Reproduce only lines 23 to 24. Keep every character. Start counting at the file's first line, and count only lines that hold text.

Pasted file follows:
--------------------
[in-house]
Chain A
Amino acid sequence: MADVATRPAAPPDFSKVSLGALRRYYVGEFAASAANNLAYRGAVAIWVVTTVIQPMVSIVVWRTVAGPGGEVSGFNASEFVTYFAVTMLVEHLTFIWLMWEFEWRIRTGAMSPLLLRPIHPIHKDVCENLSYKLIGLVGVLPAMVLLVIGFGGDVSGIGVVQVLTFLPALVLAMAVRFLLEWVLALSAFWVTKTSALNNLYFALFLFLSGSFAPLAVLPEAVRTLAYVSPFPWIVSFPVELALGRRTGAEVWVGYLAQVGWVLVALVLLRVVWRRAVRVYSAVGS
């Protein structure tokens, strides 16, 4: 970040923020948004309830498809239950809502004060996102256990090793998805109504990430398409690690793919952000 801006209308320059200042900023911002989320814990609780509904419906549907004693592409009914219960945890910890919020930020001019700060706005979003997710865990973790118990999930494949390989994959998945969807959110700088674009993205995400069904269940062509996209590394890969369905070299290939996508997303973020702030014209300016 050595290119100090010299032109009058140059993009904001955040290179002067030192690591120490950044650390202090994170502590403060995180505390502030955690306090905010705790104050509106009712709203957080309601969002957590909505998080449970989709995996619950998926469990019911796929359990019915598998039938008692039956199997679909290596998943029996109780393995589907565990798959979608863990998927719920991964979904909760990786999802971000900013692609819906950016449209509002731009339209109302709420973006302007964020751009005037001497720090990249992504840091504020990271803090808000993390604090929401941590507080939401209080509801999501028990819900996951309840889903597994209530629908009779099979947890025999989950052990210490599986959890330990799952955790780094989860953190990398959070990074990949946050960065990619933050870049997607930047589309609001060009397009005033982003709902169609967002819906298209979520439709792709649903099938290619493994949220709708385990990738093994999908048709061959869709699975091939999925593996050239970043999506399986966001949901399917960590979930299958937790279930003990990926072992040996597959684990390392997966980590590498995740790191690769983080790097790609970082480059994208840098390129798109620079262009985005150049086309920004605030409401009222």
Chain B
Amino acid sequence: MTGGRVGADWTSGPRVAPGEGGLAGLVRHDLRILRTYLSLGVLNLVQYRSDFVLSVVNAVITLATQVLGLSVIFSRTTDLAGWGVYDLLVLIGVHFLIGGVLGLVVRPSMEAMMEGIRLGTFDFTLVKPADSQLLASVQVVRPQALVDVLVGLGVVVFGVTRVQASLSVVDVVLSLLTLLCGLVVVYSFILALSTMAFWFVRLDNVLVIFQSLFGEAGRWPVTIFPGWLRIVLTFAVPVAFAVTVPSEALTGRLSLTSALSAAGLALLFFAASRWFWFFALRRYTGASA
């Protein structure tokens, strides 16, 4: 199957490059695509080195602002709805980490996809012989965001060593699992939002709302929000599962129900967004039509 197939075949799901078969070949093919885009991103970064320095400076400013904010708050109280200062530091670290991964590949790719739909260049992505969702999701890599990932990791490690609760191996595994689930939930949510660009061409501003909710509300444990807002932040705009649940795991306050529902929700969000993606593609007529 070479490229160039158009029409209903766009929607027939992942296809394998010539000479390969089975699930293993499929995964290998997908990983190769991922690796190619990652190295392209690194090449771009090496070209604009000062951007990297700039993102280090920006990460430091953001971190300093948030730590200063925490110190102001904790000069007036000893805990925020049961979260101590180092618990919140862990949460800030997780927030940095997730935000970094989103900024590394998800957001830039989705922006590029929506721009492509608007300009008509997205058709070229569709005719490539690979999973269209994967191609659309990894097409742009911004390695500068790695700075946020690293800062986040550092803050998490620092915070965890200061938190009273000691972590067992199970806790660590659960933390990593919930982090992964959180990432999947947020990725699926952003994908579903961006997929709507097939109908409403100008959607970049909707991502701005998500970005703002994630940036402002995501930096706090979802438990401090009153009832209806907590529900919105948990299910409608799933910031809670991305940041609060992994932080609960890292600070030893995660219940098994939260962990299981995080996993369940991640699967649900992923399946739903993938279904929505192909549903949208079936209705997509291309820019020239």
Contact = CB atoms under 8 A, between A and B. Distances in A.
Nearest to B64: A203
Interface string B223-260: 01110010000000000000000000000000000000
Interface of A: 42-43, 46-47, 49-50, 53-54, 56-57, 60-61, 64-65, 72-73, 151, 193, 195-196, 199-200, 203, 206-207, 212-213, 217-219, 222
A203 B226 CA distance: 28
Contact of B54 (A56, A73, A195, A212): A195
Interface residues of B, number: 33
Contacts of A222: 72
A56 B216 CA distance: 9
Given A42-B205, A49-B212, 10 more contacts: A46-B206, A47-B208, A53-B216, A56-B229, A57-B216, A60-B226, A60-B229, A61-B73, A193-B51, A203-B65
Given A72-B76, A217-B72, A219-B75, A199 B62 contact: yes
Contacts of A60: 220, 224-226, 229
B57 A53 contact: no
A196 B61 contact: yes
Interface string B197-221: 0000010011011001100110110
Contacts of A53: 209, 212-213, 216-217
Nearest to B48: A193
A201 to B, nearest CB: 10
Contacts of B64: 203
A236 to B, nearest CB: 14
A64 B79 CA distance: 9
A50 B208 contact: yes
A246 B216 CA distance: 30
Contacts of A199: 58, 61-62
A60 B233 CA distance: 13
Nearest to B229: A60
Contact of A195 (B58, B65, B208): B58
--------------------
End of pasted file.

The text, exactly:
Contacts of A53: 209, 212-213, 216-217
Nearest to B48: A193